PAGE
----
“Remember, Roman, that by your lawful power you rule the world: these are your skills: to crown peace with justice, to spare the vanquished and to crush the proud.” –Virgil, Aeneid
The Romans did, indeed, rule much of the world. Their empire stretched from Mesopotamia to Morocco and from Scotland to Ethiopia; their trade routes extended as far as Indonesia. Roman art, especially outside of Italy, is complex and exhibits a range of different styles and influences. In the early periods (from the city’s mythical foundation as a monarchy in 753 BC until the end of the Roman Republic in 27 BC), both native Italic traditions (such as the art of the Etruscans) and Greek artistic traditions came together in Roman art. These two influences give Roman art much of its dynamism in both the Republican and Imperial periods (27 BC—A.D. 476), often in combination with elements from the local artistic practices of the provinces.
The Roman Empire contributed to the visual arts in at least five great areas: architecture, portraiture in bronze and marble, reliefs and paintings of mythical and historical subjects, carved marble sarcophagi, and copies of ancient Greek statuary, which preserved Greek developments in the art of sculpture. Through its political, economic, and spiritual messages, Roman sculpture served Roman society. In ancient Roman homes, complex schemes of painting—pure ornament and colorful mythologies—integrated art and architecture and foreshadowed modern sensibilities.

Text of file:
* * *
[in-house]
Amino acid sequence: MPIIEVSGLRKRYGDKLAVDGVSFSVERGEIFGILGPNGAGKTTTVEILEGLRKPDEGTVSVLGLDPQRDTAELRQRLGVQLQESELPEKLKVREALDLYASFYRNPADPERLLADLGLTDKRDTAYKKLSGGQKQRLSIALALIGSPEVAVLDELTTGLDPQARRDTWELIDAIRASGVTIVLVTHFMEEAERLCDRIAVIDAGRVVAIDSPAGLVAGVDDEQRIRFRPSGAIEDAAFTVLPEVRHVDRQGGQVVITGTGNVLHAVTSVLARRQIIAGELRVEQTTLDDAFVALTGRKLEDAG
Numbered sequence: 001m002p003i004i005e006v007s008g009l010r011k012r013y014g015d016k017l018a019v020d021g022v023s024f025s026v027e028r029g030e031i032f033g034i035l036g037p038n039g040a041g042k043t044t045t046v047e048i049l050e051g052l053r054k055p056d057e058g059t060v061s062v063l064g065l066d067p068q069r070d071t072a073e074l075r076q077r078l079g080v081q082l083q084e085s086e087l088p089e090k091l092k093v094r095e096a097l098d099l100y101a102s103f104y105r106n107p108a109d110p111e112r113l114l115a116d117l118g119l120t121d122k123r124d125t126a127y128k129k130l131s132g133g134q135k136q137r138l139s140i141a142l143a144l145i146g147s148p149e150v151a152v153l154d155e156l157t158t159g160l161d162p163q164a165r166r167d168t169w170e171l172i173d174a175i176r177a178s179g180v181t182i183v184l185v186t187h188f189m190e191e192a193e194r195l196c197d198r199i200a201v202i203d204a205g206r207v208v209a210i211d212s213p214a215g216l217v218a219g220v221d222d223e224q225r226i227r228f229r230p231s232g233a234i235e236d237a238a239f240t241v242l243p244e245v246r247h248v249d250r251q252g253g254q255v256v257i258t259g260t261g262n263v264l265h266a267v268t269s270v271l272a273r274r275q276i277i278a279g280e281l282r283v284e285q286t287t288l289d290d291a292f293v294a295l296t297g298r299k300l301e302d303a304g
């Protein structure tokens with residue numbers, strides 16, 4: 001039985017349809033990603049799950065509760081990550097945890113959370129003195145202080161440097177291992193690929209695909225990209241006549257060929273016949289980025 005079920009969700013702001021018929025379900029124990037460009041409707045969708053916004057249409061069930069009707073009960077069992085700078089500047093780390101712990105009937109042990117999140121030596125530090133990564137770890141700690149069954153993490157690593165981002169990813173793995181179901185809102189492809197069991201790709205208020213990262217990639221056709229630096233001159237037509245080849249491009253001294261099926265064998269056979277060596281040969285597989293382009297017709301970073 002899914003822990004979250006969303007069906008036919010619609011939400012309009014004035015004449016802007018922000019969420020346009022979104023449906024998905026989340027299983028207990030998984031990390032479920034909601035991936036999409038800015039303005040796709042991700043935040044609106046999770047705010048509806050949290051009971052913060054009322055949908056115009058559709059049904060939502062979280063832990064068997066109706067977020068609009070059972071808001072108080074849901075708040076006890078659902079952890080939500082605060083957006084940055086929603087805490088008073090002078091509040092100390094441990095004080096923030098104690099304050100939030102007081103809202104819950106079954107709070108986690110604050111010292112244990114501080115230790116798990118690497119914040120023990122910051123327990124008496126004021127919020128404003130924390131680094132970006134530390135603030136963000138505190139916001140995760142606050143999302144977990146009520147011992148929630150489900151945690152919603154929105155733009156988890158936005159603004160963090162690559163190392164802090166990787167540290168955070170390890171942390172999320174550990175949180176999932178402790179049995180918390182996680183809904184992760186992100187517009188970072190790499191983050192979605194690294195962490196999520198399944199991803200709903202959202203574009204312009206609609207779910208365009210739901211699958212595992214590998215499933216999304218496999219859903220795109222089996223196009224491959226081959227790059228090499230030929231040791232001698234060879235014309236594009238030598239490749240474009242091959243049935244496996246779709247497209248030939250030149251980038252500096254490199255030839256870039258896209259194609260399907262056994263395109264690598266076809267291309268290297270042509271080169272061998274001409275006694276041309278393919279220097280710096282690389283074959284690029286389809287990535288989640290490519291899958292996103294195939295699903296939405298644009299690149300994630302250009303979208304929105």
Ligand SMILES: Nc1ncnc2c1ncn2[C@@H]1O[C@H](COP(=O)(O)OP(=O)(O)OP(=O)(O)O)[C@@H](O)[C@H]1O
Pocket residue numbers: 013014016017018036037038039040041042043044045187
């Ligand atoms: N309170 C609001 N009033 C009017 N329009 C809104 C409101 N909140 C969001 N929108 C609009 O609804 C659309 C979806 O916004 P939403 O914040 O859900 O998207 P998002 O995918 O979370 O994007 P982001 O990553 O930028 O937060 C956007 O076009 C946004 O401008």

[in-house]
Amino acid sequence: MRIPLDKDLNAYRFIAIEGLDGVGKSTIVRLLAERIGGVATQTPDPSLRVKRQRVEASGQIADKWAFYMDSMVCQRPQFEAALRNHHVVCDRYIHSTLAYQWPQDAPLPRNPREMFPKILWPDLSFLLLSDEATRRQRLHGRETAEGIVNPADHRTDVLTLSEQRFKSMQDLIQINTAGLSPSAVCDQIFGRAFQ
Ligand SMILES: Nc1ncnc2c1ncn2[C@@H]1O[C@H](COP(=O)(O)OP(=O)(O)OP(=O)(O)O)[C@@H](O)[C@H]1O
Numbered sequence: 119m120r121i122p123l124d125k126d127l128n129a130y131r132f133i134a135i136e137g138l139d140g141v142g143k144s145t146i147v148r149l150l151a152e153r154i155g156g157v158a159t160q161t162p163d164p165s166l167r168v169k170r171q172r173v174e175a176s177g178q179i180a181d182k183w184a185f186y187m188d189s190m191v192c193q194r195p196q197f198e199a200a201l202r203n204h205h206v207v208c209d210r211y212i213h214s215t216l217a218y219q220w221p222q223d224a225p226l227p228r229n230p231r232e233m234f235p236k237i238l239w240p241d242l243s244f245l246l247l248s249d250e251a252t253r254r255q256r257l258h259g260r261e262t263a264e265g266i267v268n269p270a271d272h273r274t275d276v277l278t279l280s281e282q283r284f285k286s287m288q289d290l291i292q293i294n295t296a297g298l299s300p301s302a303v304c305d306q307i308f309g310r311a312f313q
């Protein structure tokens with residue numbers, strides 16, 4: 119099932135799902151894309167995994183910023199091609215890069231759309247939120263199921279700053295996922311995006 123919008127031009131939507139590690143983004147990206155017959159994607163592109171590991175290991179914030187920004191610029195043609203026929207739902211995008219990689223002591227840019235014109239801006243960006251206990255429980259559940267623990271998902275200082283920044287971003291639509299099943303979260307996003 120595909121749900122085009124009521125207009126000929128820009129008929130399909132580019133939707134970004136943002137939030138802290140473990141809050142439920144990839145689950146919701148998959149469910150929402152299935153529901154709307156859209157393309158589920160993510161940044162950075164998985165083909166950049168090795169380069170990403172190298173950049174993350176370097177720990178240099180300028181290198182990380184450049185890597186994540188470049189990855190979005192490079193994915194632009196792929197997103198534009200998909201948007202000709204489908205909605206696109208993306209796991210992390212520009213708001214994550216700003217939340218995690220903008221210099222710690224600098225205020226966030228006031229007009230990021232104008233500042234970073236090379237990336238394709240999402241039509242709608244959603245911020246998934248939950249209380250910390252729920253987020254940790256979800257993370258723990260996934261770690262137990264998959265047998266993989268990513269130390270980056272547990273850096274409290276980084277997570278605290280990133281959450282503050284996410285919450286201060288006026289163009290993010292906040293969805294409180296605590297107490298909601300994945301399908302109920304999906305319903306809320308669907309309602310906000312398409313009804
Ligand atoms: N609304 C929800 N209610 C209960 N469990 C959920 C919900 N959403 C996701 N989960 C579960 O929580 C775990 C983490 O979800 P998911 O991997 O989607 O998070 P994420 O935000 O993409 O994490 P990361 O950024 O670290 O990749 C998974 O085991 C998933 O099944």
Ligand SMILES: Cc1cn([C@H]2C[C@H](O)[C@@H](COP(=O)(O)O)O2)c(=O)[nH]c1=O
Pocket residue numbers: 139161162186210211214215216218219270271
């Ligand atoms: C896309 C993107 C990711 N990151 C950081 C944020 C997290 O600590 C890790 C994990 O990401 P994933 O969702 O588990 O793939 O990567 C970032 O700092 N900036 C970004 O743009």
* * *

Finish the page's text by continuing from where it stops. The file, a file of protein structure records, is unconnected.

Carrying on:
At the height of Rome’s power in the 2nd century, the arts were supported by wealthy individuals throughout the empire as well as by the emperor and his court. Both official and private buildings were filled with statues, mosaics, and frescoes. These frescoes were made by painting wet plaster with naturally occurring pigments such as red and yellow ochre. The fresco tradition extended for centuries and penetrated all regions of the empire, but most surviving frescos predate the eruption of MT. Vesuvius that buried and preserved Pompeii and its surroundings in A.D. 79.
Photo caption: This fresco is an example of the Third Pompeian Style in which a picture—here a landscape with a building—is painted like a decorative plaque against a solid color. The bird in the upper right is perched on the arm of a candelabrum.
Luxury goods of stone, glass, precious metals, and other materials were also widely available. Artistic patronage, though, was not limited to the extremely wealthy—works such as VMFA’s, “Relief of a Potter and His Wife,” show that even a freedman – a former slave who had bought or won his freedom – commissioned works of art that would commemorate their lives and times.
Interacting with the Ancient